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Presidential Candidates Make Another Stop at California's ATM

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    NEWSLETTERS

    They're b-a-a-a-ck.

    Next Sunday and Monday, Democratic President Barack Obama and Republican challenger Mitt Romney will return yet again what for them is certainly the "Golden State."

    Are they stopping by for a little R and R in the midst of a heated national campaign?  Only if R and R means "Replenished Resources."

    No state has been as generous to the contenders as California. Obama has already collected $23 million here this time around. Romney has picked up $12 million, which may be an even more astounding number than Obama's, given the deep blue political coloration of California.

    Given the candidates' abilities to attract so much money, you'd expect to see a nonstop barrage of political ads on TV, except California is not a "swing state," a state that could go either Democratic or Republican in November.

    So the candidates periodically scoop up gobs of dough here, and spend their gold on ads in states that count -- Nevada, Colorado, Missouri, Ohio, Pennsylvania, Virginia, North Carolina and Florida being the most important. All of these except Missouri went for Obama in 2008, which helps to explain the urgency of both candidates to either preserve or prevent the same behavior in 2012.

    Sure, it frustrates many of us that the only way we see the candidates is by contributing sizable sums to their campaign war chests.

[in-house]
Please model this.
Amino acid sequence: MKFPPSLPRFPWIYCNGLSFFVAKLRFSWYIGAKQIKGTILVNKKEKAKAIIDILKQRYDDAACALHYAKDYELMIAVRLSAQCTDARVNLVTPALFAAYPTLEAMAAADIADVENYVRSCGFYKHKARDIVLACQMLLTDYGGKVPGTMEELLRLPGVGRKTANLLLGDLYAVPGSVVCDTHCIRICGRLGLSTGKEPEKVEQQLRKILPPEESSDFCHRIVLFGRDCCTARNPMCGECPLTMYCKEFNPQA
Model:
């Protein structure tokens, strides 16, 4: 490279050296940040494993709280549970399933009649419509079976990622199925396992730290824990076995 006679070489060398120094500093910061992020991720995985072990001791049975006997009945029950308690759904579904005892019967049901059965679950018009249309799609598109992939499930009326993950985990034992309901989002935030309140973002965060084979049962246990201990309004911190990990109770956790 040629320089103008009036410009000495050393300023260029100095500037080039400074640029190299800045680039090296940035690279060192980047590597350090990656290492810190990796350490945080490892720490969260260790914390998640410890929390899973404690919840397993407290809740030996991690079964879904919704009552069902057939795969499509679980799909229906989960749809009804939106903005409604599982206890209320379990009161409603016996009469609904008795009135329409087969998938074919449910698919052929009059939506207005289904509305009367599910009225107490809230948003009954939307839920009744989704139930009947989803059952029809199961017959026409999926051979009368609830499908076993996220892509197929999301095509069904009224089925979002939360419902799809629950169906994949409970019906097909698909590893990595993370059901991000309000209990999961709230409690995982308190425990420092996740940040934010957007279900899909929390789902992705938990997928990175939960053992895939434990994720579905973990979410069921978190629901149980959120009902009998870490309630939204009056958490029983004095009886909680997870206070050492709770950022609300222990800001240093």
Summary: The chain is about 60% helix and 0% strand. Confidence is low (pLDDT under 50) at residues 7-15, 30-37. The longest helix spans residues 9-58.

Here there is no reason for them to mingle with the masses at county fairs, college lawns or stadium rallies. Instead it's about filling the wheelbarrow with as much cash as possible before moving on to the next stop. That's our core competence.

    All of this may seem a bit crass and disingenuous with the candidates seeking money here and votes elsewhere.

    But this is a contest for electoral votes in 50 states and the District of Columbia, and the fact that California is a "donor" state to the process does not in any way make the state less significant. If anything, our financial wealth makes us more significant.

    Still, wouldn't it be great to get close to these guys at least once?

    Oh well, there's always the California presidential primary in 2016.  

    Larry Gerston teaches political science at San Jose State University and is the political analyst for NBC Bay Area.

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